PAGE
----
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Why is the switch with the lowest mac address chosen as a root switch by STP?

I know you can change the priority to force the root selection.  If newer and better switches have greater MAC address, why is STP still designed to choose the switch with lower mac address by default? 

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Why is the switch with lowest mac address chosen as a root switc

I'll defer to an elder historian as to why that particular field was chosen and why lower and not higher was preferred.  My guess would be something had to be chosen, the MAC was something that would be inherent in every device (not some extra feature that would need to be added), and IT people like lower numbers (we count starting at 0, right?).

But remember it's not necessarily newer=higher.  The first three three bytes are the OUI, and it appears that Xerox holds the market on the low numbers there.

But your question does emphasize the point why good design and implementation practices are necessary for optimal operation.  Component and topology state should often be "determined" rather than left to the ethergods to choose at whim.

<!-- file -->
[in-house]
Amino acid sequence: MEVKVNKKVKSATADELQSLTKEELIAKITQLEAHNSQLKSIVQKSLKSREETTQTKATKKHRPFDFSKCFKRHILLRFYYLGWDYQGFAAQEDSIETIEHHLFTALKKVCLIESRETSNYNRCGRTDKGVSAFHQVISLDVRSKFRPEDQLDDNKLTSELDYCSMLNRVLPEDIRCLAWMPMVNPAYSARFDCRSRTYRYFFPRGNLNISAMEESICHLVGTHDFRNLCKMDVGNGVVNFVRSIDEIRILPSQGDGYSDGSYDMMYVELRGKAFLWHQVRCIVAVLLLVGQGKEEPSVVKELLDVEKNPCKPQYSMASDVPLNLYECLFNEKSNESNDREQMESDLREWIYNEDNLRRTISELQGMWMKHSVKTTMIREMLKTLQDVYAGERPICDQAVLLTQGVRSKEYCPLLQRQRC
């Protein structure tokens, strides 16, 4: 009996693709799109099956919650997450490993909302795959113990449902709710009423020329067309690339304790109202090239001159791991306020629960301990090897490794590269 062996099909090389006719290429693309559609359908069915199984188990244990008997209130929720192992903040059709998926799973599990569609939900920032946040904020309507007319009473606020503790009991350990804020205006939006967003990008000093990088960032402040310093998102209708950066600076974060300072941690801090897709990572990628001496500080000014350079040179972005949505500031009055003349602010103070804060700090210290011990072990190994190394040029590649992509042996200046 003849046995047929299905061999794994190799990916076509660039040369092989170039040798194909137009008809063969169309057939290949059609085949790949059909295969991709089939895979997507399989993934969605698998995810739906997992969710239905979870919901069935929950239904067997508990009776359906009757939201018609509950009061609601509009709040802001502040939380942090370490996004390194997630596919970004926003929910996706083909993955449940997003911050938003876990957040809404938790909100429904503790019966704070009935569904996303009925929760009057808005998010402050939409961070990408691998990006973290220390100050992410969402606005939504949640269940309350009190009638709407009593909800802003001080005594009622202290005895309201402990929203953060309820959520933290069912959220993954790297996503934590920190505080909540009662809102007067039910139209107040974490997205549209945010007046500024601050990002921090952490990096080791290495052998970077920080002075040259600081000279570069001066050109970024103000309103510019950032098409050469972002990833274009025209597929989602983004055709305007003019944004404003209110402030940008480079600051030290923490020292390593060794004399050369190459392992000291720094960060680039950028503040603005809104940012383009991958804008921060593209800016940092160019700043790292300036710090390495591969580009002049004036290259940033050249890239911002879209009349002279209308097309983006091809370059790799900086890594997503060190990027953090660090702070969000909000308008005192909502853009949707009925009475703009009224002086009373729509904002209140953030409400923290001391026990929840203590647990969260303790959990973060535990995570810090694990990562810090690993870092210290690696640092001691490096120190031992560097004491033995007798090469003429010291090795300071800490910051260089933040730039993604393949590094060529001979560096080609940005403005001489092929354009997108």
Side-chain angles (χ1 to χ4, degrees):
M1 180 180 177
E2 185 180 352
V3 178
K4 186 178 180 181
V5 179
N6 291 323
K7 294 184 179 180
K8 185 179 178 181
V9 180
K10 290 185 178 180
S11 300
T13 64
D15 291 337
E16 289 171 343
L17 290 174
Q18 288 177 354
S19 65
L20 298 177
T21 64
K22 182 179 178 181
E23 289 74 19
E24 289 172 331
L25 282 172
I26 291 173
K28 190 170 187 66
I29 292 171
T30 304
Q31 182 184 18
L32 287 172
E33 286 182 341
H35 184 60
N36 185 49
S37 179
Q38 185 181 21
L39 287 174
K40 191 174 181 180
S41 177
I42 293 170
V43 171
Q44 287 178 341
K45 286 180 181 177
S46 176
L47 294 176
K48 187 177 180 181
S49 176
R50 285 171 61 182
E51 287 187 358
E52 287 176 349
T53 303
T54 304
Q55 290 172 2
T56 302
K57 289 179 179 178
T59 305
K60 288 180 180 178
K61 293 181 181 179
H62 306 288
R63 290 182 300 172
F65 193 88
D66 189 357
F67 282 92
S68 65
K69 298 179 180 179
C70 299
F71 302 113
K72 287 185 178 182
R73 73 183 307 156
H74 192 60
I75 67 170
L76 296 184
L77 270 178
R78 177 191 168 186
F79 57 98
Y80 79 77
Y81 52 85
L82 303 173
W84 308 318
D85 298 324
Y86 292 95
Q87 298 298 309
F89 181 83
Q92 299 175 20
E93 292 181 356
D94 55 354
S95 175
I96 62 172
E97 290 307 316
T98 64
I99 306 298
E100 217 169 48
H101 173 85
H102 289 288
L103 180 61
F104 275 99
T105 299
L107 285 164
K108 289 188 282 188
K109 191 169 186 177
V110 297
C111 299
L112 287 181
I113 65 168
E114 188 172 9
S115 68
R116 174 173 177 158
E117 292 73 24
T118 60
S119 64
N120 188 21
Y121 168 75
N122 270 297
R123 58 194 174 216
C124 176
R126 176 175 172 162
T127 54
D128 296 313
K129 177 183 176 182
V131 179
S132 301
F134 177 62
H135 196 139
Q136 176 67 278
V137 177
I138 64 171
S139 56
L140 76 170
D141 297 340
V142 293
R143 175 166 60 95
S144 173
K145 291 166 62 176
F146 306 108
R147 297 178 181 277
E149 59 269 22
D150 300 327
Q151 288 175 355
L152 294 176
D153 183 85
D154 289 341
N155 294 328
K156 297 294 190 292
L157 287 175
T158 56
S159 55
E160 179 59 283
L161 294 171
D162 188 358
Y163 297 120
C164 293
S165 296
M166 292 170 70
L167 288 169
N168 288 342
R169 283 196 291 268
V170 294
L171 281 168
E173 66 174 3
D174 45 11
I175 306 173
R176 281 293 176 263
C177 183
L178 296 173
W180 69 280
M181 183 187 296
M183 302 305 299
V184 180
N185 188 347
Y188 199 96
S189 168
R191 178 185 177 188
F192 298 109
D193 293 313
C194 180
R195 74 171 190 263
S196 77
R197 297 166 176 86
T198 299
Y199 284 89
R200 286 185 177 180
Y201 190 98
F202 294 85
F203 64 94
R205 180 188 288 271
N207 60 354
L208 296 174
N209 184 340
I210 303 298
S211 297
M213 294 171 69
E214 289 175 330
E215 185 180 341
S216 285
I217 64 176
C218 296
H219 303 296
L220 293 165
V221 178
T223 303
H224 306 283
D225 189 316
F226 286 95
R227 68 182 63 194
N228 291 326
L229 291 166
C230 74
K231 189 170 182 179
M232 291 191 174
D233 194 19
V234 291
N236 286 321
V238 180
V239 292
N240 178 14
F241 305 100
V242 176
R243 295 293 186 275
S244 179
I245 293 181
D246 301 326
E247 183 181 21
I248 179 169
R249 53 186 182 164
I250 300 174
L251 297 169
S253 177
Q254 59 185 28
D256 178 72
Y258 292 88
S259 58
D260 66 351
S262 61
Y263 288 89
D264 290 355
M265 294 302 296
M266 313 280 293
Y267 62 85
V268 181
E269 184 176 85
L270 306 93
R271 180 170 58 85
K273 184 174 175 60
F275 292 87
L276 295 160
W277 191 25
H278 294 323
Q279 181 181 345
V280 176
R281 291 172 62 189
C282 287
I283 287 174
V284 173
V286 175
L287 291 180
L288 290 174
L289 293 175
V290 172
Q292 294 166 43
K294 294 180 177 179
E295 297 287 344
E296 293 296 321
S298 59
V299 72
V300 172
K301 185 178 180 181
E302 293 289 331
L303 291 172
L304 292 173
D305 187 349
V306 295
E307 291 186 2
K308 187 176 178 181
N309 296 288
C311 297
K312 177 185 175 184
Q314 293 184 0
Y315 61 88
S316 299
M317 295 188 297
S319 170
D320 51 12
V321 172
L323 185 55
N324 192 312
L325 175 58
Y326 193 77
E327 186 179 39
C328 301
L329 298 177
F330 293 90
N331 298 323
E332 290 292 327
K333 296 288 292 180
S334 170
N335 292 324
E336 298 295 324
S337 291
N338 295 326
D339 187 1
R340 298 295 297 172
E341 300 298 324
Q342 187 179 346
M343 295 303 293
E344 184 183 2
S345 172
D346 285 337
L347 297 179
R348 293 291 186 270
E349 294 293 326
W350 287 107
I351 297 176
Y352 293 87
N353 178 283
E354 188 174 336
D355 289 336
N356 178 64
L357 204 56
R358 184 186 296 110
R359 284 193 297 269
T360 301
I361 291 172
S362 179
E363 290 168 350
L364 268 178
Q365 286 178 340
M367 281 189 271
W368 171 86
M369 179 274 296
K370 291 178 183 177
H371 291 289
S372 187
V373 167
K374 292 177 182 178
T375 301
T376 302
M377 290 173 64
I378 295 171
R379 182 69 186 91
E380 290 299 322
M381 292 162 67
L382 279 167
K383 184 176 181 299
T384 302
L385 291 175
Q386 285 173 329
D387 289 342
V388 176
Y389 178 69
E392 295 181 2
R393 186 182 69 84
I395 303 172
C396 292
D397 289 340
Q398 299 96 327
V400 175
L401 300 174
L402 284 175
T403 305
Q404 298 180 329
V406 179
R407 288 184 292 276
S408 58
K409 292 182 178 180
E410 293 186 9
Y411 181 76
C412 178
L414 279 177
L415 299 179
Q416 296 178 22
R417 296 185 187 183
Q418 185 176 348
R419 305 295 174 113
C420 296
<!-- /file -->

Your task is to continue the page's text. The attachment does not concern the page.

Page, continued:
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Why is the switch with lowest mac address chosen as a root switc

I'll defer to an elder historian as to why that particular field was chosen and why lower and not higher was preferred.  My guess would be something had to be chosen, the MAC was something that would be inherent in every device (not some extra feature that would need to be added), and IT people like lower numbers (we count starting at 0, right?).

But remember it's not necessarily newer=higher.  The first three three bytes are the OUI, and it appears that Xerox holds the market on the low numbers there.

But your question does emphasize the point why good design and implementation practices are necessary for optimal operation.  Component and topology state should often be "determined" rather than left to the ethergods to choose at whim.

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